The bill leaves many specific
details up to the proposed nine-
man authority which will be ap-
pointed by the governor. Bower-
man added, however, that the
authority would be able to exert
pressure on banks to "see the stu-
dents got a fair shake" in interest
rates.
Specific interest rates would be
decided by individual banks, but
would be "considerably below" six
per cent, he said. Dean of Men
Walter B. Rea said the common
rate for University loans current-
ly is three per cent.

TWO BALLOTS REQUIRED:
Martens Elected President of IFC

22 00.
Reports One
Irregularity
Attribute Low Turnout
To Bitter Weather;
Polling Places Moved
By PHILIP POWER

-Daily-Allan winder
NEW OFFICERS -Fraternity Presidents' Assembly last night
selected new officers of Interfraternity Council. Standing (left to
right) are Glen Reavfs, administrative vice-president; James
Martens, president; and Paul Becker, executive vice-president.
In front are Reed Jenney, secretary; and Al Dickerson, treasurer.

Lags

Yale Groups
Voice Protest
Against Police
By RUTHANN RECUT
The faculty and the student-run
Yale News of Yale University "feel
ashamed of the student part in
Thursday's and Saturday's dis-.
turbances, but see no reason for
the brutality displayed by the New
Haven police," an editor of The
News told The Daily Monday,
For Thursday's incident, in
which a snowball fight turned
into a free-for-all with city po-
lice, the two freshmen dormitories
which faced on the scene of the
riot were put on social probation.
The student body was put on gen-
eral probation, threatening any
student with expulsion who pub-
licly misbehaves in the future.
Gives Reason for Arrests
"One policeman reported to the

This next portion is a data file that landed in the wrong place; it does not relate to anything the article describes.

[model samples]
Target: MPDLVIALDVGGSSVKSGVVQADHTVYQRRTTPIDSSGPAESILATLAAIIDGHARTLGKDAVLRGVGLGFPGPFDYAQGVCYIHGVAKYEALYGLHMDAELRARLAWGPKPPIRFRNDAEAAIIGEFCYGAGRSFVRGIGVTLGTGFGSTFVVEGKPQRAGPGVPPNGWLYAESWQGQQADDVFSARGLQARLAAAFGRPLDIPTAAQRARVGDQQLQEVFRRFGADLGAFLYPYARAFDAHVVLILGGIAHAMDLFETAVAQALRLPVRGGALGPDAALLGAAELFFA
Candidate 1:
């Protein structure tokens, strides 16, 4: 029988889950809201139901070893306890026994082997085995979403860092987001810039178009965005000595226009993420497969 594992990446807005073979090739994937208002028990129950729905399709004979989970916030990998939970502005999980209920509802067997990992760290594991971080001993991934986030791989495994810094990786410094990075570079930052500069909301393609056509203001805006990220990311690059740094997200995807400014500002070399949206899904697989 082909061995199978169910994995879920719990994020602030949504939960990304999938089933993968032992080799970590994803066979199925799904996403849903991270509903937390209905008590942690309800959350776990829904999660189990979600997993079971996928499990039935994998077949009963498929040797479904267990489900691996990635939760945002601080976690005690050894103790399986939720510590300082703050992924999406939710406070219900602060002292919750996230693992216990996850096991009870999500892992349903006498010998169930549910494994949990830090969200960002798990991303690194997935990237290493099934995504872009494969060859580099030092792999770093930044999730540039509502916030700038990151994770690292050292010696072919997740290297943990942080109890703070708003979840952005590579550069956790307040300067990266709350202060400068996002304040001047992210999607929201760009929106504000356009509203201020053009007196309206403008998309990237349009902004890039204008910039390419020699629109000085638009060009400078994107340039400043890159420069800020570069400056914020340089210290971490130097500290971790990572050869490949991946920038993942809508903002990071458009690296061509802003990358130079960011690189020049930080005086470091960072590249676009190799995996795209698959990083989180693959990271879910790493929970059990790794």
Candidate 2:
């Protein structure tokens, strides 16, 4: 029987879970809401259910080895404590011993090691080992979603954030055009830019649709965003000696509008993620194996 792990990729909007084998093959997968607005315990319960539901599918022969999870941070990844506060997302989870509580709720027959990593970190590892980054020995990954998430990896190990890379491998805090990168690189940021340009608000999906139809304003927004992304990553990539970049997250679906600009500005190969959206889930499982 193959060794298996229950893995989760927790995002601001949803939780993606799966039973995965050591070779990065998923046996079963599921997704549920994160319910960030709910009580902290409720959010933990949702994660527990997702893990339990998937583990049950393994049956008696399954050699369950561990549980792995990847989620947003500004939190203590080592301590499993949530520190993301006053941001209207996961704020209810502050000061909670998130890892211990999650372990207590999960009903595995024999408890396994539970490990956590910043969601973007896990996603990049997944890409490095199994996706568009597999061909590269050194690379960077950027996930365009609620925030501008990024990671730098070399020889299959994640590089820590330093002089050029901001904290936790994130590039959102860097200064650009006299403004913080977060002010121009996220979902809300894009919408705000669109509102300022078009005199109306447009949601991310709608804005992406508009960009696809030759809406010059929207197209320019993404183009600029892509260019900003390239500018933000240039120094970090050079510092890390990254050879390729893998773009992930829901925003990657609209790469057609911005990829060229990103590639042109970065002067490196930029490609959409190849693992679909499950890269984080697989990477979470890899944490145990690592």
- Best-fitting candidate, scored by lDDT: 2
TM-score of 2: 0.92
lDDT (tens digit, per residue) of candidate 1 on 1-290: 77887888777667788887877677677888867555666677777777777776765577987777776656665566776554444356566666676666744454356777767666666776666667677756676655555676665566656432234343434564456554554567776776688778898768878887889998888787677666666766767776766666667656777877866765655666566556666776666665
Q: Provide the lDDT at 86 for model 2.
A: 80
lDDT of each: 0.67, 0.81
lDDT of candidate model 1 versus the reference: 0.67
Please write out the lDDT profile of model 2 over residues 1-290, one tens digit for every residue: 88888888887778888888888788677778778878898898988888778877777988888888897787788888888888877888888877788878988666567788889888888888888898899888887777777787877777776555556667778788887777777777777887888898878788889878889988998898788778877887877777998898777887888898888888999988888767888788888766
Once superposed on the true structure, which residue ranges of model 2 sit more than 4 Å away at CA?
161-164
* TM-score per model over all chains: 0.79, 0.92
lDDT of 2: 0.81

New Haven Register that Yale
students were arrested Thursday
because they threw snowballs at
parading girls from neighboring
Albertus Magnus College. Officials
and students denied this claim,"
he said.
Twenty-five students were ar-
rested Thursday and 16 were ar-
rested Saturday, but the incident
on Saturday is held to be the ma-
jor of the two. At that time stu-
dents pelted city policemen who
marched at the end of the St. Pat-
rick's Day parade.
Say Police Hit Students
According to this editor, they
did it because the police pushed
them back into the crowd and hit
them with their billy clubs, injur-
ing several students and faculty
memberswho were trying to re-
store order.

FPA Grants
Colony Status
To TEP Club
Tau Epsilon Phi was unan
mously granted colony status la
night as the campus's eigh
"predominantly Jewish" frate
nity.

By THOMAS HAYDEN
James Martens, '60BAd., was
elected president of Interfrater-
nity Council last night in a close
contest requiring two ballots by
the Fraternity Presidents' Asso-
ciation.
After an unprecedented tie vote
on the first ballot, the assembly
chose Martens, of Delta Kappa
Epsilon, over Michael Sklar, '60,
of Zeta Beta Tau.
Also elected were Paul Becker,
'60E, of Lambda Chi Alpha, exec-
utive vice-president; Glen Reavis,
'60, of Delta Upsilon, administra-
tive vice-president; Al Dickerson,
'60E, of Phi Kappa Psi, secretary;
and Reed Jenney, '60E, of Beta
Theta Pi, secretary.
Discusses Structure
Arguing that the internal struc-
ture of IFC is "basically good,"
Martens noted a need for giving
the "lower structure" more re-
sponsibility and a "greater voice
in program planning."
Discussing the role of the IFC
president, he stressed a "need for
a thorough working relationship"
with the system's 42 undergradu-
ate. houses. The president must
assume "a role of leadership and
guidance in all activities," he
said.
It is the "unvarying duty", of
the president to vote the majority
will of the system in Student
Government Council decisions,
Martens told the group.
Notes Problems
Sklar claimed the fraternity
system "must frankly admit it
has problems," noting the devel-
opment of a "general anti-
fraternity feeling."
"I'm not asking a r a d i c a l
change, but a start towards a
more realistic attitude," he said.
He called for a "structural
change" in IFC, particularly at the
executive level, which sometimes is
forced "to carry too much respon-
sibility."
Sklar asked for more committees
made up of "outstanding men"